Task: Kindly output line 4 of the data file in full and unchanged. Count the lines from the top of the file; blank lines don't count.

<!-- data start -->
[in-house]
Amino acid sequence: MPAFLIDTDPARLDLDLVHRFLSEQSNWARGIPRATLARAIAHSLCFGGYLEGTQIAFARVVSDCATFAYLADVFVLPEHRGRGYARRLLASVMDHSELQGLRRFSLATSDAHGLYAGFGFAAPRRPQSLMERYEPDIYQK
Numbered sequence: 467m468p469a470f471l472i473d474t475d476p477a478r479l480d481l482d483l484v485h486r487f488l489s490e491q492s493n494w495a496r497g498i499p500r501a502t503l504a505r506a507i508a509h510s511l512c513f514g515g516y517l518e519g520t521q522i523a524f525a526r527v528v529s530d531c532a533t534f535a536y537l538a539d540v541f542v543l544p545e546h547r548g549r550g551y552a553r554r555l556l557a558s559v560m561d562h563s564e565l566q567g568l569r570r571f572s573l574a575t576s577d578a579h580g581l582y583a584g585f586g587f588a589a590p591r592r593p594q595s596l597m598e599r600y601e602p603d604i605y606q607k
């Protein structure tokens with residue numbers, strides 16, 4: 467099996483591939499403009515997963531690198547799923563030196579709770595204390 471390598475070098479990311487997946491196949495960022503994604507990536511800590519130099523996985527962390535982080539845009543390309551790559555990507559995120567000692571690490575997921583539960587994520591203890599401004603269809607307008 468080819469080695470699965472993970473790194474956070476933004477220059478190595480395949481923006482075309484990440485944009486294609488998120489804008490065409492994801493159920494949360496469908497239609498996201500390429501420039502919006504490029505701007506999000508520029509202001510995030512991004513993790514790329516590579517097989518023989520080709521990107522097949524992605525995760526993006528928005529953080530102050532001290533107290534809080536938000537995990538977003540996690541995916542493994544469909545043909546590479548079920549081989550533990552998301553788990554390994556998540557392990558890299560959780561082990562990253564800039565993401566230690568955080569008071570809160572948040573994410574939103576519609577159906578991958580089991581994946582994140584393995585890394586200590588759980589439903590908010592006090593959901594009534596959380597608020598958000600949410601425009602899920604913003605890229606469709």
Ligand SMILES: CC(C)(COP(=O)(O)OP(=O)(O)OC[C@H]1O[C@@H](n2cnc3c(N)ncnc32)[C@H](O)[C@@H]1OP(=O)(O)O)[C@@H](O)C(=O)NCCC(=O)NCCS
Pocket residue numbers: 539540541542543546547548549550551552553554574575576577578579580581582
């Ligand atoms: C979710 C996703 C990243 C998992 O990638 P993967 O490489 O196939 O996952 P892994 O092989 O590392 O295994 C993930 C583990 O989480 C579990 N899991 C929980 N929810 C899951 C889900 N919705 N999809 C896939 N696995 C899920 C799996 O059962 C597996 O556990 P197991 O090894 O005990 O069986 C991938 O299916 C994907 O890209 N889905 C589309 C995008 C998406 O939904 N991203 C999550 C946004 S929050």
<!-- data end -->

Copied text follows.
């Protein structure tokens with residue numbers, strides 16, 4: 467099996483591939499403009515997963531690198547799923563030196579709770595204390 471390598475070098479990311487997946491196949495960022503994604507990536511800590519130099523996985527962390535982080539845009543390309551790559555990507559995120567000692571690490575997921583539960587994520591203890599401004603269809607307008 468080819469080695470699965472993970473790194474956070476933004477220059478190595480395949481923006482075309484990440485944009486294609488998120489804008490065409492994801493159920494949360496469908497239609498996201500390429501420039502919006504490029505701007506999000508520029509202001510995030512991004513993790514790329516590579517097989518023989520080709521990107522097949524992605525995760526993006528928005529953080530102050532001290533107290534809080536938000537995990538977003540996690541995916542493994544469909545043909546590479548079920549081989550533990552998301553788990554390994556998540557392990558890299560959780561082990562990253564800039565993401566230690568955080569008071570809160572948040573994410574939103576519609577159906578991958580089991581994946582994140584393995585890394586200590588759980589439903590908010592006090593959901594009534596959380597608020598958000600949410601425009602899920604913003605890229606469709």